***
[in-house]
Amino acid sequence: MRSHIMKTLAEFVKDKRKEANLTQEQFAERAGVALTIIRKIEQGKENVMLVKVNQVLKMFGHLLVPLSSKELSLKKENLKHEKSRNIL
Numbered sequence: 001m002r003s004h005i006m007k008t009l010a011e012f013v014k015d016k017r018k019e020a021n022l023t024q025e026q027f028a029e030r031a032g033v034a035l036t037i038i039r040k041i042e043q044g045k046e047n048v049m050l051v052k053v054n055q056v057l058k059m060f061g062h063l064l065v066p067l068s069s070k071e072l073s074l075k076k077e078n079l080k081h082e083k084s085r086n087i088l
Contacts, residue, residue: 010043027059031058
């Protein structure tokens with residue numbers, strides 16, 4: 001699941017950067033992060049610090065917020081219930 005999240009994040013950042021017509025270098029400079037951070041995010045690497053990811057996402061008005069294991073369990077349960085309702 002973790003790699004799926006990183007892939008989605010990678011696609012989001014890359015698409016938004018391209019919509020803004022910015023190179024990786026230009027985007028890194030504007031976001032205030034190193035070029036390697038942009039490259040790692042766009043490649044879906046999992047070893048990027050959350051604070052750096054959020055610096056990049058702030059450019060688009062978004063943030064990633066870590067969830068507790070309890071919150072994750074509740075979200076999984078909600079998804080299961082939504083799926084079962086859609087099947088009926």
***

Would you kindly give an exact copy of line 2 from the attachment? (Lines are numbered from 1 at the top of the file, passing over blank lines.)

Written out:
Amino acid sequence: MRSHIMKTLAEFVKDKRKEANLTQEQFAERAGVALTIIRKIEQGKENVMLVKVNQVLKMFGHLLVPLSSKELSLKKENLKHEKSRNIL